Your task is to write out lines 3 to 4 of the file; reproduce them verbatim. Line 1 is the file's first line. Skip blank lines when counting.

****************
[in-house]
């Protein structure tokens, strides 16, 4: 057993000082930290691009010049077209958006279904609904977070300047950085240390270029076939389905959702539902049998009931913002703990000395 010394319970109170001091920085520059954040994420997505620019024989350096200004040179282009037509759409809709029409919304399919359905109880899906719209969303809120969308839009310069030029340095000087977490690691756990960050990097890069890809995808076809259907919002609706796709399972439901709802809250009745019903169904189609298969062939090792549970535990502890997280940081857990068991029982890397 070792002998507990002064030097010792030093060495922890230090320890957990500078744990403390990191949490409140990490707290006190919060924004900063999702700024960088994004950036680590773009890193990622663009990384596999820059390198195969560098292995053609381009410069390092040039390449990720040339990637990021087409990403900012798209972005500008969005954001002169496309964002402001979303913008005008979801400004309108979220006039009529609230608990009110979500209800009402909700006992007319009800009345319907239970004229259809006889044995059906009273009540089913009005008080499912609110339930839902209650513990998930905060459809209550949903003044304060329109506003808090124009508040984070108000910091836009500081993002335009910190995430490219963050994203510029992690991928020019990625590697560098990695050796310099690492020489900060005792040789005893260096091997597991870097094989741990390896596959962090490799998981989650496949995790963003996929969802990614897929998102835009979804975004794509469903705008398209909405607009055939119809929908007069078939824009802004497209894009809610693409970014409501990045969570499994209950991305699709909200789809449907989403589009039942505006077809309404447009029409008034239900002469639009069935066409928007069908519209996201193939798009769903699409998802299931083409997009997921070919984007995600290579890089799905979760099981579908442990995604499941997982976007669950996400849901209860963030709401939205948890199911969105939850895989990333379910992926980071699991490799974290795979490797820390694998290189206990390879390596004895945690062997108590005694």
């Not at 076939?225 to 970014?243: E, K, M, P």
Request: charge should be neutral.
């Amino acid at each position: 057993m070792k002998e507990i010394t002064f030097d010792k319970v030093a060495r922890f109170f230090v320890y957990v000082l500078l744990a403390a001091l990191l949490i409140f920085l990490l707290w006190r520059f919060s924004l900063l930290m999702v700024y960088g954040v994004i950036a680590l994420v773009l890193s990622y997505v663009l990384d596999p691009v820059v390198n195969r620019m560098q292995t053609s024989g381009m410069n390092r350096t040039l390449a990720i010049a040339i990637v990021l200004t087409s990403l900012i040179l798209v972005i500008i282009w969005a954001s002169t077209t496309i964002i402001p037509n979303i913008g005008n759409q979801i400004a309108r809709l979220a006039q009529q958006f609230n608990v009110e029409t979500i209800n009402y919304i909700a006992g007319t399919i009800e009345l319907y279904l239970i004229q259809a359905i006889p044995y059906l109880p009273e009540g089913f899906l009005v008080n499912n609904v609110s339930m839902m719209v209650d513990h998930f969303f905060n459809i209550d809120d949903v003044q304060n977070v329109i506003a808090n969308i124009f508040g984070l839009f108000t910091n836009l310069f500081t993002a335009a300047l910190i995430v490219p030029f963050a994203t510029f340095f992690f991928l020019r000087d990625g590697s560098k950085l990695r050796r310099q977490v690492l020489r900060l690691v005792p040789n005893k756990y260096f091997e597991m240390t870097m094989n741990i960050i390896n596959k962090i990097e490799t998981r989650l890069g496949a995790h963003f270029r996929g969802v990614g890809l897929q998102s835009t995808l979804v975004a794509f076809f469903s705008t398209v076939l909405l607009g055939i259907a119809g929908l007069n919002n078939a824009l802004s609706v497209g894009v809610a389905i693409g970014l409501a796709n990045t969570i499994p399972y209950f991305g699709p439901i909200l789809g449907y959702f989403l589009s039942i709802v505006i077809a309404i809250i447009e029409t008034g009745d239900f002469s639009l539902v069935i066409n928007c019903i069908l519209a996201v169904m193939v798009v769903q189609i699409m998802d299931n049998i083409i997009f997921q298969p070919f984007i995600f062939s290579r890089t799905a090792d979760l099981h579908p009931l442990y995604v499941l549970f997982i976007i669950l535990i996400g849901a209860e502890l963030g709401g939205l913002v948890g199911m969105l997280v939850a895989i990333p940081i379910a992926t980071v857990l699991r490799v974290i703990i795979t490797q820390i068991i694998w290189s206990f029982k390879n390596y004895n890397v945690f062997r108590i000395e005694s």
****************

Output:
């Not at 076939?225 to 970014?243: E, K, M, P």
Request: charge should be neutral.